The city of Limoges is located in southwest-central France and is less than three hours by car from Bordeaux. With a population of about 133,000, it is a bustling medieval city that neighbors the Limousin forrest. It was first founded by the Gauls, becoming the capital of the Gallic Lemovices tribe and was eventually renamed, “Limoges.”
In 10 B.C., the Romans arrived and made a central square and two intersecting streets. Today this ancient city is an exciting off the beaten path adventure for the curious tourist and is home to quite a few attractions, including winding medieval streets and the Limoges Cathedral, which dates back to the 1500’s. Limoges is, most famously, the birthplace of the first limousine and it’s known for its highly prized decorative fine porcelain. Read on to learn how this relatively small and unknown French city became a seat of luxury.
The limousine of yesteryear is nothing like what we think of today. In fact, it was originally just a gold-colored horse drawn carriage and was defined as “a large luxury vehicle driven by a chauffeur with a partition between the driver’s compartment and the passenger’s compartment.” While the name connection is unknown, it is supposed that the original drivers wore Limousin’s regional type of hooded cloak. It may also be possible that the sturdy wood from the Limousin forrest (which is also used to make cognac barrels, called tierçons) was used to make the carriages, thus giving it its name.
During the 1700’s, only the wealthiest could afford to ride in a horse drawn limousine. The first engine-powered limousine was developed in 1902 in the town of Limoges–it was designed so that the driver sat outside in a covered compartment, like in a carriage. Think Maggie Smith in Gosford Park. Soon, évidemment, the original limousin carriage went out of style.
Unfortunately that was the end of the limousine in France. The Americans muckled onto the idea and made it long and big (naturally.) The first stretch limo was invented by 1928 in Arkansas—that’s a long long way from Limoges, France. The appearance changed almost entirely from the original classic (we’ll spare you the imagery) and so did the clientele. Today, it is thought of as a fancy way to travel to to prom night, or perhaps a night out on the town, and… it has nothing to do with the forest and the French Limousine cloaks and Maggie Smith-type characters in the back seat.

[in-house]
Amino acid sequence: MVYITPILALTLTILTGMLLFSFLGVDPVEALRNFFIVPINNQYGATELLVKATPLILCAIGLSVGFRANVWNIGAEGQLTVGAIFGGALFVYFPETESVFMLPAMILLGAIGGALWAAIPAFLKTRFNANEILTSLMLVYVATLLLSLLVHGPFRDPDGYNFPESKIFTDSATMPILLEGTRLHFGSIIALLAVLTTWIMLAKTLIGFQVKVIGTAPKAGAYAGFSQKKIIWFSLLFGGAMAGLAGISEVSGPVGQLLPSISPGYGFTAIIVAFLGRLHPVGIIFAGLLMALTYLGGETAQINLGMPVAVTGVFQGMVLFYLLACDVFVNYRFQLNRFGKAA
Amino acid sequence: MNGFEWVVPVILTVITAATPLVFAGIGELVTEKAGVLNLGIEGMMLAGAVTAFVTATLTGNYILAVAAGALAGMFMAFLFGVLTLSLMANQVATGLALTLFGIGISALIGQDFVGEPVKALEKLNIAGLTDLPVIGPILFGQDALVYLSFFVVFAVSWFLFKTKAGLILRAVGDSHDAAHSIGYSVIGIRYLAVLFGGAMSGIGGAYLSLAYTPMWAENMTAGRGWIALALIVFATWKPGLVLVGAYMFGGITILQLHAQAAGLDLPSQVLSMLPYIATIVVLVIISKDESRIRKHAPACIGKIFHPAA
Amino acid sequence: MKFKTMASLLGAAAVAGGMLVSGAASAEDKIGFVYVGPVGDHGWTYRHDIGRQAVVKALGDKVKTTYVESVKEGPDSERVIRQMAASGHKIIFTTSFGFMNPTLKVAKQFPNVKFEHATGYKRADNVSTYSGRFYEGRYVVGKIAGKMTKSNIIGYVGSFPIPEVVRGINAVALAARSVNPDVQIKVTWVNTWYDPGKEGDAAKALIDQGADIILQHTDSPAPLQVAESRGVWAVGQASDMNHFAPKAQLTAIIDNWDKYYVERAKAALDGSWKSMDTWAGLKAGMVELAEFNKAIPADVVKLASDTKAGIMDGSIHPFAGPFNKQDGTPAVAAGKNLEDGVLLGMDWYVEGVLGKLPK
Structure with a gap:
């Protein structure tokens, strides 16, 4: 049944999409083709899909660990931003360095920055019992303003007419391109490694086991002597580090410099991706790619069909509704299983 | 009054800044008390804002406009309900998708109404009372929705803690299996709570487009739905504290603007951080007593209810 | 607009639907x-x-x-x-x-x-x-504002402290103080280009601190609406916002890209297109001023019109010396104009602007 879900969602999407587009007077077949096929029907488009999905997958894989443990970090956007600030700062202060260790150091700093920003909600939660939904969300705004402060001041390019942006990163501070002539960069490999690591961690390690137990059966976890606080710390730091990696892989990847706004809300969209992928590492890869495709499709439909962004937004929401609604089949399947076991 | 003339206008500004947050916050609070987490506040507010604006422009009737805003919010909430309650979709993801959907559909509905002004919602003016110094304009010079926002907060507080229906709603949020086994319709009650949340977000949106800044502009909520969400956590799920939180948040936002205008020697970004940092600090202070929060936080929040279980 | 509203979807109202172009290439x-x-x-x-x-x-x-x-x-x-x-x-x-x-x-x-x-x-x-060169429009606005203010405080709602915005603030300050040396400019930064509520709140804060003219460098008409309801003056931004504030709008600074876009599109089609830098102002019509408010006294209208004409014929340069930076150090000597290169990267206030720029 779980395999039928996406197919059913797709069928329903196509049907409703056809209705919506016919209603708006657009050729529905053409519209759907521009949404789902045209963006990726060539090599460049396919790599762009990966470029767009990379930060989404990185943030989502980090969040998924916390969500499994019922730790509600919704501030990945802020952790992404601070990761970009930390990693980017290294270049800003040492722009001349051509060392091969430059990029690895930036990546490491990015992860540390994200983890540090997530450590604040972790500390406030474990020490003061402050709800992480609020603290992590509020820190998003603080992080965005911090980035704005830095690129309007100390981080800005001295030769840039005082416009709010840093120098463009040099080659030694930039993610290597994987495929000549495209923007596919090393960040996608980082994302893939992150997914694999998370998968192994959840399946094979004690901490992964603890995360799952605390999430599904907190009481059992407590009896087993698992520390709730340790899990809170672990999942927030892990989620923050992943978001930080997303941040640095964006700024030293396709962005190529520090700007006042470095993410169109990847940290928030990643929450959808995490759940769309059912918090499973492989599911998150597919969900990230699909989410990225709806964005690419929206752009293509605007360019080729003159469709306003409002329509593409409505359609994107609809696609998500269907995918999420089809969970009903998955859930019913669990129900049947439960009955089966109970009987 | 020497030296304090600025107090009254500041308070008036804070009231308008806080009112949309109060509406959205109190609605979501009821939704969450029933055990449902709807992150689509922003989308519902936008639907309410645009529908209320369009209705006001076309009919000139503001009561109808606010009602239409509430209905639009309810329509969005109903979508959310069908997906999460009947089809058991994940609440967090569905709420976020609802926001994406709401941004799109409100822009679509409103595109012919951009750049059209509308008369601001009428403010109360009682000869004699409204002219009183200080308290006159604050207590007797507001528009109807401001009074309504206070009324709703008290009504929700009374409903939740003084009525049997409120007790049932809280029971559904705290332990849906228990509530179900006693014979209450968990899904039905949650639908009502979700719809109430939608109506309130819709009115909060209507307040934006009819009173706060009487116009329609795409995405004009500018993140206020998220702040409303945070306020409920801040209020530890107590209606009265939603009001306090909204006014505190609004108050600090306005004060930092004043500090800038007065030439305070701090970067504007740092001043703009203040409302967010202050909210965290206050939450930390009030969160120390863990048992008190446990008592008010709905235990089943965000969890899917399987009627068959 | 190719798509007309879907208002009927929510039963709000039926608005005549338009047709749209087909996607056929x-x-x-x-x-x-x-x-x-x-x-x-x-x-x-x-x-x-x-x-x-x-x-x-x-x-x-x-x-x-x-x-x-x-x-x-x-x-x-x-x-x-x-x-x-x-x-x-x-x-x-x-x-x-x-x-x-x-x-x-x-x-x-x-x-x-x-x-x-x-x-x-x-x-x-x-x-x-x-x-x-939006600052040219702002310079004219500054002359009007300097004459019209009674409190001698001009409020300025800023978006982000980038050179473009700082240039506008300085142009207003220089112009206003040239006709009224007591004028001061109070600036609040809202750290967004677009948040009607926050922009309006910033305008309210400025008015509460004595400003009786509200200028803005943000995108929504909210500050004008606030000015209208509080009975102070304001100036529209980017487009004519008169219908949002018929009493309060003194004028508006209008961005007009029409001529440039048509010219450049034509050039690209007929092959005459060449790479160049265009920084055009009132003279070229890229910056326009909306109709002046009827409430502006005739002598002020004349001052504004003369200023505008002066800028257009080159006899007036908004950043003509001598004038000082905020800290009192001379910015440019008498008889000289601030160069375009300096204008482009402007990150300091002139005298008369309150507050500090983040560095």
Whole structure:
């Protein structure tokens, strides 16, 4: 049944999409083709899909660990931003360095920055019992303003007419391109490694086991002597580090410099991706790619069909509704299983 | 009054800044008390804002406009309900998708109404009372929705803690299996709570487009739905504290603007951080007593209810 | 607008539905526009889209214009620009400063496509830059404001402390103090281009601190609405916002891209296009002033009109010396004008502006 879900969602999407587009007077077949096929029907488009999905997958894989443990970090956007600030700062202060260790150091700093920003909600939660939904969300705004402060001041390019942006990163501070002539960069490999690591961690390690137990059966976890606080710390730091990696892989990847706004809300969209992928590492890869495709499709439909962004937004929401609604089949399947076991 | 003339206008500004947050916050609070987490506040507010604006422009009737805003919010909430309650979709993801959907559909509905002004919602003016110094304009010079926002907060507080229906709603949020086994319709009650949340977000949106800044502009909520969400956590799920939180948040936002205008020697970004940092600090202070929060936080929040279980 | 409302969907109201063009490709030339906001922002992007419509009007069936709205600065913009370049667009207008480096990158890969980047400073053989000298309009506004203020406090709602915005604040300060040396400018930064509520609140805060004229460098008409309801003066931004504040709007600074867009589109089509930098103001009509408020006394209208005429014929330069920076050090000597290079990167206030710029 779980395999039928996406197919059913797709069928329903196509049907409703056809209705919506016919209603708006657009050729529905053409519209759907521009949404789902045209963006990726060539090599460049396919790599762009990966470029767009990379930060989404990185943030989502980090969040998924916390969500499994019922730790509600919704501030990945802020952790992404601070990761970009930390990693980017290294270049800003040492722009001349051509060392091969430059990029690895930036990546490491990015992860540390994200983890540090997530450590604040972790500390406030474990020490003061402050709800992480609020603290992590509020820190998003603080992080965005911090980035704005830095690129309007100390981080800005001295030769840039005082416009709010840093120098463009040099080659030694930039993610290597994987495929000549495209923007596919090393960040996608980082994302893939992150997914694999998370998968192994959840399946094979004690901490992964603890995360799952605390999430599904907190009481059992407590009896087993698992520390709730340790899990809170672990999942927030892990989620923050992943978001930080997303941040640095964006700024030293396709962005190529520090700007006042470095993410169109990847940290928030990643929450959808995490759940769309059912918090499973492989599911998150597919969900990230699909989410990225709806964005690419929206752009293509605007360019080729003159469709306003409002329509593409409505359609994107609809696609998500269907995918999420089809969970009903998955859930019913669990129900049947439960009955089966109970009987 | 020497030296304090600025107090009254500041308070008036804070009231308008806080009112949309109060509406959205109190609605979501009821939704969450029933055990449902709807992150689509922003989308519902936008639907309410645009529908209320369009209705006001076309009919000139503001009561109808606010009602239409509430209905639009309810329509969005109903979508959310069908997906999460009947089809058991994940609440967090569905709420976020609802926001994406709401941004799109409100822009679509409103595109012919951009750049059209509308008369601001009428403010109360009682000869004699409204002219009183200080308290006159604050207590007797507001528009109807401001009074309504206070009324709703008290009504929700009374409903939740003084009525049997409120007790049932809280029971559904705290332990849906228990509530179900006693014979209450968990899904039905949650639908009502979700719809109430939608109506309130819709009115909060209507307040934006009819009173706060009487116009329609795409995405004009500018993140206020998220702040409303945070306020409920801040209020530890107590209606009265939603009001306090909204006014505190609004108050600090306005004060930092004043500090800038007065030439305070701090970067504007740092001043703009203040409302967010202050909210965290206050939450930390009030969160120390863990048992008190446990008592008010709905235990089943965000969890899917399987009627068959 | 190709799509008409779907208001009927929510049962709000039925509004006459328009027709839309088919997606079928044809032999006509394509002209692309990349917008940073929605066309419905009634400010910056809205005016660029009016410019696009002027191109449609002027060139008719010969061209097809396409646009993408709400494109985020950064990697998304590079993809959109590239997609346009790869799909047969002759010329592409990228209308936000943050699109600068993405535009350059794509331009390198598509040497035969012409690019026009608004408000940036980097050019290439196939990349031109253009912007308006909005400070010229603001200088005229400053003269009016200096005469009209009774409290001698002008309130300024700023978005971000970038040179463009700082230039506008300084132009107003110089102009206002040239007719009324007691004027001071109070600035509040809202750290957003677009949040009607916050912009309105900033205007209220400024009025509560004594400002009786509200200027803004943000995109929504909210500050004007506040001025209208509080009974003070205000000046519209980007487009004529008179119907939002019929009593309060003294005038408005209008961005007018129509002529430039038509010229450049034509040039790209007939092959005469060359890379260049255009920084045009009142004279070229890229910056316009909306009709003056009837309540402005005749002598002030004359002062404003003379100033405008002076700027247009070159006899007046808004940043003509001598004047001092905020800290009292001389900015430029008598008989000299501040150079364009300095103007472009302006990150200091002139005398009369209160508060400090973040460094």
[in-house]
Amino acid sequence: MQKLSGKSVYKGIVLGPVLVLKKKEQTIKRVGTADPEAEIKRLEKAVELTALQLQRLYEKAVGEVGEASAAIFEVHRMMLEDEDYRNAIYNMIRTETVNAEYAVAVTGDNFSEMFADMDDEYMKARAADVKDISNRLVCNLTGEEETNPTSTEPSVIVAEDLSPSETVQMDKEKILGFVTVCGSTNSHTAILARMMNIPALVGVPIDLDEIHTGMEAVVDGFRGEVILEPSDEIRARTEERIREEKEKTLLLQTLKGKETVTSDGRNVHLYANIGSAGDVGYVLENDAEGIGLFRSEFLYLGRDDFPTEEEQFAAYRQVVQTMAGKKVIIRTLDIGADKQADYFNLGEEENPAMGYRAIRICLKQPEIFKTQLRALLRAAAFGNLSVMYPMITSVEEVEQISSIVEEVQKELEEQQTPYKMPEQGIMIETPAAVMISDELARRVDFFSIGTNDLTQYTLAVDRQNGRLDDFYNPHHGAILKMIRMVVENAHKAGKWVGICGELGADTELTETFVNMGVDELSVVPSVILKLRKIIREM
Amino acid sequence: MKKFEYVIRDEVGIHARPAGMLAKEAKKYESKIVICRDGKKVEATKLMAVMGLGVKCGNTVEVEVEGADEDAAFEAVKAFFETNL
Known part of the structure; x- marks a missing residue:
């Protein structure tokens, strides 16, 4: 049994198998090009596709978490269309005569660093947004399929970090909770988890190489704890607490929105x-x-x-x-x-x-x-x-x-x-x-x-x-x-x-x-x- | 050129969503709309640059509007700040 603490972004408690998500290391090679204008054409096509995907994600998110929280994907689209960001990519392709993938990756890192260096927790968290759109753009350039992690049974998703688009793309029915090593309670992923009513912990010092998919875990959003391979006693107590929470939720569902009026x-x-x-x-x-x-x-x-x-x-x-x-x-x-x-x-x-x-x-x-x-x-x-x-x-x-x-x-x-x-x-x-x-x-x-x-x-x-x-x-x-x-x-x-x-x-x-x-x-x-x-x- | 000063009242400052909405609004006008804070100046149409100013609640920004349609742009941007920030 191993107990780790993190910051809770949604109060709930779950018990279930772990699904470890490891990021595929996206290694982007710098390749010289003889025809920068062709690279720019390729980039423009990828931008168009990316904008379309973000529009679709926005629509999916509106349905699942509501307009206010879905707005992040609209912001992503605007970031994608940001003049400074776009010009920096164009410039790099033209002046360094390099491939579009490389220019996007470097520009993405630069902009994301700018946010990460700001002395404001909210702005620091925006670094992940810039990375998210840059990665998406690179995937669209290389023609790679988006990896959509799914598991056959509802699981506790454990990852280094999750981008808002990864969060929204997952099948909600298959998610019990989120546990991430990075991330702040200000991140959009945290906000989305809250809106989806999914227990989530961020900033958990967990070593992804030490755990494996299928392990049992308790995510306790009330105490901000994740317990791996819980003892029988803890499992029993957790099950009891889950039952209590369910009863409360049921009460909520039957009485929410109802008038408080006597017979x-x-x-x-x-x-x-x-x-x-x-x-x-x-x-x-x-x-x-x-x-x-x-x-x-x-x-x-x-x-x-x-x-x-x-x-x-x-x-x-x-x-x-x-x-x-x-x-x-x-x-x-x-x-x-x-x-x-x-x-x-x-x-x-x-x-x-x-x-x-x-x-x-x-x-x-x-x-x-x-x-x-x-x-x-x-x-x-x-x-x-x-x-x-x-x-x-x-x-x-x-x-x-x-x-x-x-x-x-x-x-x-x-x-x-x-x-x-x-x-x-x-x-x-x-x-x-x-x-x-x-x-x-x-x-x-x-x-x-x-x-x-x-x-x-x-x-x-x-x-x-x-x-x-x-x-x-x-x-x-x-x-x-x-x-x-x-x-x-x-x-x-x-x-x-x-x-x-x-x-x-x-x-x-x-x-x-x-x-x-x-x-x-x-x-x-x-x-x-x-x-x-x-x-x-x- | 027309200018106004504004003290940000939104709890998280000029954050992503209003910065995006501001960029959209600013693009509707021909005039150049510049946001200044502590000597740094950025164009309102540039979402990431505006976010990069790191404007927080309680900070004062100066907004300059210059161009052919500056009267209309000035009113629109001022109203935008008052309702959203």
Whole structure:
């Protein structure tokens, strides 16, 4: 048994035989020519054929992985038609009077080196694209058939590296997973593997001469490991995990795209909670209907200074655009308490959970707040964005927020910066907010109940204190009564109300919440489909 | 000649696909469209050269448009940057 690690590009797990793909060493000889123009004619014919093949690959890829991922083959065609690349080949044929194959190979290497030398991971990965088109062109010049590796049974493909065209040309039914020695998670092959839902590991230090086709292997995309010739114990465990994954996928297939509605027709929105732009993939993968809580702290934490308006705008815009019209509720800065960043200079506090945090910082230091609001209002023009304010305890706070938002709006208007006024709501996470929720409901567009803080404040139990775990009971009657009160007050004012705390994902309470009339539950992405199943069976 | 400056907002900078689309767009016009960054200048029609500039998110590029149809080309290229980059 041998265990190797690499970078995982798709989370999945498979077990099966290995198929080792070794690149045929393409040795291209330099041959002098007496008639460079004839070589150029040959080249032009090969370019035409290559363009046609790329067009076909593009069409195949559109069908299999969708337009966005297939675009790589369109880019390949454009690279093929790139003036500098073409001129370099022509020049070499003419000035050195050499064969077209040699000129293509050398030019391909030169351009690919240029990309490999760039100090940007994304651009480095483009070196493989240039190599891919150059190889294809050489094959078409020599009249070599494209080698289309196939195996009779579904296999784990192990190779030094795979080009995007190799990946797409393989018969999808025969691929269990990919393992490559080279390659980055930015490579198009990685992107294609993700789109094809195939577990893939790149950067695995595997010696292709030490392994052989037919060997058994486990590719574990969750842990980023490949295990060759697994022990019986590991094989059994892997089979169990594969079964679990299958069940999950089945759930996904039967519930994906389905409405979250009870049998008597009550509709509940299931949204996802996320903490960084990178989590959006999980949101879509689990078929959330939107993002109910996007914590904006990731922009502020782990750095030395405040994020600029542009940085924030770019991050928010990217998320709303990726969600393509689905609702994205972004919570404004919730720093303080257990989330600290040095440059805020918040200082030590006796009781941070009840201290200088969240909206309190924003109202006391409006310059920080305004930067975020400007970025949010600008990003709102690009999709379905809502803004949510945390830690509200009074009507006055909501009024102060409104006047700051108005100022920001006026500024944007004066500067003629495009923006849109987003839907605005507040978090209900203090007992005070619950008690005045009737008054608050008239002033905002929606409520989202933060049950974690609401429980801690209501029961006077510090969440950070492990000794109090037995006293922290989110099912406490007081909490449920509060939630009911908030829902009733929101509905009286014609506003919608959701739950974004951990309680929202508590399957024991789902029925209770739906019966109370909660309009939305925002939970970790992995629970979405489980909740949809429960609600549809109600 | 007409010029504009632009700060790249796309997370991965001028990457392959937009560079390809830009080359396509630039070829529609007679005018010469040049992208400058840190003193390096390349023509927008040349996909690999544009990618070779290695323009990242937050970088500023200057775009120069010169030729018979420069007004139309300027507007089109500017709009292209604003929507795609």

You’re sure to have seen Limoges porcelain somewhere—whether at your grandmother’s house or even in a museum. It’s known for its decorative florals and sleek appearances. Porcelain was first brought to Europe by Marco Polo during his famous voyage to China. For the aristocracy, having fine China porcelain showcased a certain rank of status and prestige. Around that time, the “‘Manufacture De Sevres,” near Paris, became the continent’s largest distributor of porcelain. That is until Limoges came into the picture…
The hard-paste porcelain began to be manufactured in Limoges in the late 18th century when suitable clay was found in the area. It was in exactly 1768, when a chemist’s wife in St. Yrieixin, a commune just outside of Limoges, found a white substance in the soil. What she had found was “white gold,” which would become the basis for the town’s famous porcelain.
Thus, Limoges replaced Paris as the center of porcelain production. But Limoges’ creative past doesn’t stop there. The city had already been famous for vitreous enamel production in the 12th century. Businessman Jacques Turgot first established the production in the city which immediately began to flourish with its striking similarity to the valuable Chinese porcelain in the early 1800’s. By 1900, there were 35 factories and 120 kilns employing up to 8,000 workers in Limoges.
Soon, ethereally and beautifully designed and painted pieces of tableware were made in Limoges to adorn tables across the world. In particular, dresser sets were quite a popular thing, sometimes featuring close to 24 pieces of large plates, smaller plates, cups, and more. More decorative pieces were showcased as a prized valuables within the home. The hallmark, and most valuable, Limoges pieces were produced between the late 1700’s until the 1930’s—those are today’s collectibles. Limoges porcelain is still produced, but in a much smaller quantity and with simpler designs in accordance with changing times.
Limoges is home to the Musée National Adrien Dubouché, a famous art collector from Limoges, which features around 300,000 impeccable ceramic items. At the museum you can also see some of the prized porcelain dating to the 1770’s.
And the city is made for a budget travel, without compromising on style and comfort. How about staying at a castle at Château La Briance or the Maison Durieux, a guest house in the middle of the Limousin. Airbnb also offers cozy and charming, contemporary and aged apartments for at around $50 per night.
Just outside the city you can take a trip to Saint-Léonard-de-Noblat to see its UNESCO-listed collegiate church. The 11th century masterpiece remains unchanged to this day. Another destination is the ghost-town of Oradour-sur-Glane, frozen in time after the massacre of June 10, 1944, when the town was invaded by Germans who killed most of its civilians. Today it is a a historic stop, with its destroyed buildings and everything left as if a flashback directly to World War 2. And while you’re in the region, you might as well stop by the town of Cognac in the Limousin Forrest where you can indulge in the liquid GOLD of this land: cognac. In fact, cognac’s signature taste comes from the barrels that are made with Limousin wood, some of which is hundreds of years old.